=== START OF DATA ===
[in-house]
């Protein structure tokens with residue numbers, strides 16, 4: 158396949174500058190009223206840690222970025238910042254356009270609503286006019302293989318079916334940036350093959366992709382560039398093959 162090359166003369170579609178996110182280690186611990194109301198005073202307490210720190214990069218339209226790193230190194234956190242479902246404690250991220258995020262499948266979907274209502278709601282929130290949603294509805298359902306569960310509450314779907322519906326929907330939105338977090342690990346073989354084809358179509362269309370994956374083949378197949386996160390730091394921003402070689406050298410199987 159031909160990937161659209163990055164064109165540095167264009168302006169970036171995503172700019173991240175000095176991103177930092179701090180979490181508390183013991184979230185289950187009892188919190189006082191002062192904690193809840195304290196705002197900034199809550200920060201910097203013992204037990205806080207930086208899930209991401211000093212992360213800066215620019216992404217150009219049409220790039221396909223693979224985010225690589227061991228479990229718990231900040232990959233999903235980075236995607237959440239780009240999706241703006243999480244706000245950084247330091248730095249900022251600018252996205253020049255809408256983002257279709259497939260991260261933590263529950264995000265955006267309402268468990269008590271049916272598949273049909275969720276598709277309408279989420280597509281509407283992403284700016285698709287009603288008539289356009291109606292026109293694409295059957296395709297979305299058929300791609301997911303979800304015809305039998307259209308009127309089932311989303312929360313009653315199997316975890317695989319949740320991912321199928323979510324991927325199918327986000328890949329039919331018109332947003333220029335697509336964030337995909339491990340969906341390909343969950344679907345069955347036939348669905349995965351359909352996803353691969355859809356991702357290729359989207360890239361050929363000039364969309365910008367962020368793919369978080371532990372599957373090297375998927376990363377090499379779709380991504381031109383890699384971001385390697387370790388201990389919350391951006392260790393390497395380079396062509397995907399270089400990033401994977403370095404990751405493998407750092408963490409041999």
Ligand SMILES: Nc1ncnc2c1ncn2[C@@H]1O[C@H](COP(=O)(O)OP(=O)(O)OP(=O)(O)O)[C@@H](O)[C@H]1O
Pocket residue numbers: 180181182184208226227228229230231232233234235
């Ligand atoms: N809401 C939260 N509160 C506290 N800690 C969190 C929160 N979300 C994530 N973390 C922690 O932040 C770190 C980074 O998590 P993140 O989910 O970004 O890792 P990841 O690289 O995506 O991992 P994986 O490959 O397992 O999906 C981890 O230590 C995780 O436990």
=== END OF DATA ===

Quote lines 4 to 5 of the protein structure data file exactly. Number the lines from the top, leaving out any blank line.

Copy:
Pocket residue numbers: 180181182184208226227228229230231232233234235
């Ligand atoms: N809401 C939260 N509160 C506290 N800690 C969190 C929160 N979300 C994530 N973390 C922690 O932040 C770190 C980074 O998590 P993140 O989910 O970004 O890792 P990841 O690289 O995506 O991992 P994986 O490959 O397992 O999906 C981890 O230590 C995780 O436990």